Rivoli Theatre

418 East Baltimore Street,
Baltimore, MD 21202

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Joe Vogel
Joe Vogel on January 31, 2017 at 12:22 am

The Rivoli had two entrances; one on Baltimore Street, and the other facing War Memorial Plaza on Fayette Street. This photo uploaded to our photo page by elmorovivo shows the Fayette Street entrance, while this photo uploaded by Granola shows the Baltimore Street entrance.

rivest266 on January 30, 2017 at 6:28 pm

January 2nd, 1921 grand opening ad in the photo section. It opened to the public on the 4th.

Joe Vogel
Joe Vogel on April 13, 2015 at 3:36 pm

Prior to an expansion in 1920, the Rivoli was called the Wilson Theatre. Here is an item about the project from the May 1, 1920, issue of The American Contractor:

“Theater (Wilson, int. alt. & side add.): $400,000. 1 sty. 85x145. 418 E. Balto st. Archt. E. G. Blanke, 213 Calvert st. Mech. engr. not selected. Owner Wilson Theater Co., H. W. Wonders, on prem. Plmg. let to Herr Bros., Lexington bldg. Elec. wiring let to Kingsbury S. Macmuiss Elec. Co., 213 N. Cal st. Not started.”
The Wilson Theatre was in operation prior to 1912, when the January issue of the trade union publication Typographical Journal ran this item:
“For two seasons the Wilson theater, on East Baltimore street, was on the unfair list of the federation of labor. This season the new management employs union performers, union stage employes and union orchestra, and deserves the patronage of all union laboring men and their families. This theater is one of the prettiest and coziest little theaters in Baltimore and the price of admission is always the same, and the courtesy shown the public is much better than at some of the other houses.”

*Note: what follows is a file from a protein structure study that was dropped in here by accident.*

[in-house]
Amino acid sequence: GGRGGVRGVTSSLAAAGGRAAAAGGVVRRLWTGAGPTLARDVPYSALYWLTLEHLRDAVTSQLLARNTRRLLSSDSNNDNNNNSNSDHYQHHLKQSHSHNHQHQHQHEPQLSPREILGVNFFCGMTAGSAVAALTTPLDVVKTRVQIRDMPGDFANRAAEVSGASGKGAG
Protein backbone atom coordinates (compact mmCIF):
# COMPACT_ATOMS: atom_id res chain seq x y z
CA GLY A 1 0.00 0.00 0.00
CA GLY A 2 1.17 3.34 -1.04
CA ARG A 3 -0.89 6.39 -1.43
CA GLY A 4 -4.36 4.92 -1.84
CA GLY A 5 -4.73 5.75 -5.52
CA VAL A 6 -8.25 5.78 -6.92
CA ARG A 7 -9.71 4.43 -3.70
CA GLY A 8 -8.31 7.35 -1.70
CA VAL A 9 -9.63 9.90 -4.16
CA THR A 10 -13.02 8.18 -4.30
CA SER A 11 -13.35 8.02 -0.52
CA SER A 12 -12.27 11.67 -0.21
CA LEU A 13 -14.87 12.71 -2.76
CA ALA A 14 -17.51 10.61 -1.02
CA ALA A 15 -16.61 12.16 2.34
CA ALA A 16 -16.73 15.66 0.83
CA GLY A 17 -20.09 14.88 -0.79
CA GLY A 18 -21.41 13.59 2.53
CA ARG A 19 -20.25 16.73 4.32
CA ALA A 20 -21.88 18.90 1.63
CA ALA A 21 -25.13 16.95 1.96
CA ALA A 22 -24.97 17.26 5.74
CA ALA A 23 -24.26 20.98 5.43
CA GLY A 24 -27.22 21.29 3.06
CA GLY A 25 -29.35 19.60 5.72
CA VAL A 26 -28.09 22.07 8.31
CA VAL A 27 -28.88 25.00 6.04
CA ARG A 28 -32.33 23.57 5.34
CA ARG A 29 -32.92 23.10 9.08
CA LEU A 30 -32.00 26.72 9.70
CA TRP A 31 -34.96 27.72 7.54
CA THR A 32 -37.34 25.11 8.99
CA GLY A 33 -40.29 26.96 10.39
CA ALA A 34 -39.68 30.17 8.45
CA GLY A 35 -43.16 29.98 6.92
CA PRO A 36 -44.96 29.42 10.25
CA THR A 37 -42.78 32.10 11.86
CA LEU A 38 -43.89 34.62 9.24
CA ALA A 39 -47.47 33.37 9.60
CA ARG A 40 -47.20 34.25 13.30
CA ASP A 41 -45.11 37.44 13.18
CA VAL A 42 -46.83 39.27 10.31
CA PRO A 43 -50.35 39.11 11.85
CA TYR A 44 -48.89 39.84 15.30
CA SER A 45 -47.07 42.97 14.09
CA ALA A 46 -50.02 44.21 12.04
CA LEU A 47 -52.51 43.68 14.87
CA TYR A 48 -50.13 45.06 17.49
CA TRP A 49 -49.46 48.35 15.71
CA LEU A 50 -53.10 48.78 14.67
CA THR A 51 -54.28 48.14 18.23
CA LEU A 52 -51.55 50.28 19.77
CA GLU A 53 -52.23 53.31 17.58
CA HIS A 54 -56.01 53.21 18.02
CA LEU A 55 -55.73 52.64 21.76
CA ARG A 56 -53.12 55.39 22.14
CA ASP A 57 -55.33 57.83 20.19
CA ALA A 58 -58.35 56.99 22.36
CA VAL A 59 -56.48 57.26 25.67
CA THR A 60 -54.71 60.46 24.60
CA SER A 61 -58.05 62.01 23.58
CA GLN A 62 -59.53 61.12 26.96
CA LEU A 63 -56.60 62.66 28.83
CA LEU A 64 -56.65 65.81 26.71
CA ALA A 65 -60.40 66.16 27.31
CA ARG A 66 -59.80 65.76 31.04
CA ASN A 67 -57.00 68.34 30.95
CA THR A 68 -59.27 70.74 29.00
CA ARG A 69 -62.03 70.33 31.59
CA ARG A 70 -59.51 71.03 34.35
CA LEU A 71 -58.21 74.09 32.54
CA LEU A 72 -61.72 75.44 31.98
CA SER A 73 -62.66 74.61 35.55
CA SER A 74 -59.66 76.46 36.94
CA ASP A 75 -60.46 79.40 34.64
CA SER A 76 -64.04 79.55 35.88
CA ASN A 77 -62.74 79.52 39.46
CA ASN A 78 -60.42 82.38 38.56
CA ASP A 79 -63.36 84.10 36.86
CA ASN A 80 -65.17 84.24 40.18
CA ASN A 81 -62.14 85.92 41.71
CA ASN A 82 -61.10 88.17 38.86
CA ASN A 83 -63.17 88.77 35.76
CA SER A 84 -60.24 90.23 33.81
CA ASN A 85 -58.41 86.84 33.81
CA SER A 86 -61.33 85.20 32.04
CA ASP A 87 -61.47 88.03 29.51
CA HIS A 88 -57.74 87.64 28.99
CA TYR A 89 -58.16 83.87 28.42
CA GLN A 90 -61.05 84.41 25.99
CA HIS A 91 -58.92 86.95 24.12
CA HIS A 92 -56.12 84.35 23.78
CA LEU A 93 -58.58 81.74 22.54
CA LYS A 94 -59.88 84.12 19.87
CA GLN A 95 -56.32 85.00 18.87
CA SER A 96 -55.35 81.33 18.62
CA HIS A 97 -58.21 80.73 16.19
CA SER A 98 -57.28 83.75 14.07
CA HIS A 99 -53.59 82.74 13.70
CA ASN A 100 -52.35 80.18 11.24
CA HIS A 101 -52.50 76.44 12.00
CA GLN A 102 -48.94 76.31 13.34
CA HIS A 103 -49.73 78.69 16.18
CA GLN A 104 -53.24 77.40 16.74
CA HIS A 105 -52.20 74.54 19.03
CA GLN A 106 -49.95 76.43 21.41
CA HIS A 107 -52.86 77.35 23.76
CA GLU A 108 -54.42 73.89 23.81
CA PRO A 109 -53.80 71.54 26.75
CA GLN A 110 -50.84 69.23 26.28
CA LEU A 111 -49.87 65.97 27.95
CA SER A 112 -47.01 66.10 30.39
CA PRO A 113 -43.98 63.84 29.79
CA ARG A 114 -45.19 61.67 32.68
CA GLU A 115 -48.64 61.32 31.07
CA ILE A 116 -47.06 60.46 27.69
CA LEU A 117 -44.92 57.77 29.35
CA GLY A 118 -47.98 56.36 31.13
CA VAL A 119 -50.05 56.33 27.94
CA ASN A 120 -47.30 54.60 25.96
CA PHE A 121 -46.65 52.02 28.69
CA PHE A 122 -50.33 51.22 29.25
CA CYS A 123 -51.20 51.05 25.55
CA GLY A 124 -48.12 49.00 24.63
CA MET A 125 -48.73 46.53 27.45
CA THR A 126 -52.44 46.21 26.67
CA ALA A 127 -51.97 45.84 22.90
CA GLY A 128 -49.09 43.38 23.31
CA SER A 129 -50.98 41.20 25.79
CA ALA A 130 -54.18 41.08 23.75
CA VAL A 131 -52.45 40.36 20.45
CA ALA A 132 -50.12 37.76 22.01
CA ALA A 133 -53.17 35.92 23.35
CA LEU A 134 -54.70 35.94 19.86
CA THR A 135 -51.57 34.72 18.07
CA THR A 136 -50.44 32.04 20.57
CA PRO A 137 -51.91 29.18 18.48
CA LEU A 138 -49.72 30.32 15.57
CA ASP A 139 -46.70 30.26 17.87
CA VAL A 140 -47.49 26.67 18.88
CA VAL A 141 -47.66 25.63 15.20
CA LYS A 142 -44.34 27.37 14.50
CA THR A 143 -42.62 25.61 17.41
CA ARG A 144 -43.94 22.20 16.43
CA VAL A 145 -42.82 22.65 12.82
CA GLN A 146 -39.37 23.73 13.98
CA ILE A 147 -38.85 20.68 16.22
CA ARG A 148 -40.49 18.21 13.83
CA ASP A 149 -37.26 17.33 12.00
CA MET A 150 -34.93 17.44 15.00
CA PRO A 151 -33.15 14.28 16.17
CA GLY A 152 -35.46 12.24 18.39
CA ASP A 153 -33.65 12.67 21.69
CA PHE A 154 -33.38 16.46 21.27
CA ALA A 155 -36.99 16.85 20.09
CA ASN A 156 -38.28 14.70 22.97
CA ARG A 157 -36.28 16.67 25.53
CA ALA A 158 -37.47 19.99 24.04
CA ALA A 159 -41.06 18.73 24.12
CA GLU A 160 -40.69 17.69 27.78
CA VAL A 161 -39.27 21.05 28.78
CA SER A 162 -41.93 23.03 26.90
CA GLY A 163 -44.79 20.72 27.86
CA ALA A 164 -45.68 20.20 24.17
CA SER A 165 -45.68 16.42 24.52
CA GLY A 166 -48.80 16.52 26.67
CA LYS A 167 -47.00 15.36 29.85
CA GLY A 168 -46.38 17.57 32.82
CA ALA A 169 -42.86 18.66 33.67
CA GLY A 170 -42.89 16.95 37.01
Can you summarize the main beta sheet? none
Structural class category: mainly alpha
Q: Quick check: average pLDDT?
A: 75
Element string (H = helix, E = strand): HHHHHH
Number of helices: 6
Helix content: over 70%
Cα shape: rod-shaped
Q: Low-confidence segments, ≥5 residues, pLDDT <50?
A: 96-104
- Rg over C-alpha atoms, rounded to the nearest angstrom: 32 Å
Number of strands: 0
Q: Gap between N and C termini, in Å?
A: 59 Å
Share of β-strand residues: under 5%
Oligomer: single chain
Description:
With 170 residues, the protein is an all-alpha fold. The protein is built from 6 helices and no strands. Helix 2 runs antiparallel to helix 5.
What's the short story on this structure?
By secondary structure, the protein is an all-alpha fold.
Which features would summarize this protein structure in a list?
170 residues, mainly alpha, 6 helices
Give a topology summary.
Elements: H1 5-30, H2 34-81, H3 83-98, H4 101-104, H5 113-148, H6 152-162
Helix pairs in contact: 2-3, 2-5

The Wilson Theatre was mentioned quite a few times in The Moving Picture World around 1916, when its manager, Guy L. Wonders, was President of the Maryland Exhibitors League.

intune on February 23, 2007 at 10:34 am

At the age of 15, William Sima became the musical director at the Wilson Theatre. He was quoted as saying “I always wanted to be a director … When I was a small boy, I’d forget to watch the show but would watch the orchestra dirctor instead.”(Shipmate, 1942) Sima became the second leader (assistant) of the United States Naval Academy Band in 1918 and its leader in 1933.

MarkA on December 5, 2005 at 11:09 am

Interesting, Lost Memory. Wasn’t the Moller replaced by a Kimball (per Headley’s book, Exit?